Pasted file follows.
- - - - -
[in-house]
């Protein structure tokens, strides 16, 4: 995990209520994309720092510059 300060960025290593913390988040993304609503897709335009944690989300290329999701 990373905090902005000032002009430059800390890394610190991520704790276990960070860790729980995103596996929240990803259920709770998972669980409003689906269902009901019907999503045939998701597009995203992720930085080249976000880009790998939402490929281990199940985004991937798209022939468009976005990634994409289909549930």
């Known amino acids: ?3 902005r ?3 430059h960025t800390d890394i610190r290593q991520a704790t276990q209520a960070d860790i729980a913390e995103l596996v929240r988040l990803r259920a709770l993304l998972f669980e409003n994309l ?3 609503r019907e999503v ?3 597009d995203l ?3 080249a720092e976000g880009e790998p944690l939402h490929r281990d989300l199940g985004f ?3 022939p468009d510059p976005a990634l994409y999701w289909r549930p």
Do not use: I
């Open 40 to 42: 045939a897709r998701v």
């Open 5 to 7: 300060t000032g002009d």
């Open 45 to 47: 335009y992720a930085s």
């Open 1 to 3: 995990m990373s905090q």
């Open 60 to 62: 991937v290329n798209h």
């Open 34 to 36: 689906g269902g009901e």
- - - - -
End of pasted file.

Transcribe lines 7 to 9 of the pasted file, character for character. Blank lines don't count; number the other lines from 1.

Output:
């Open 45 to 47: 335009y992720a930085s």
């Open 1 to 3: 995990m990373s905090q």
């Open 60 to 62: 991937v290329n798209h």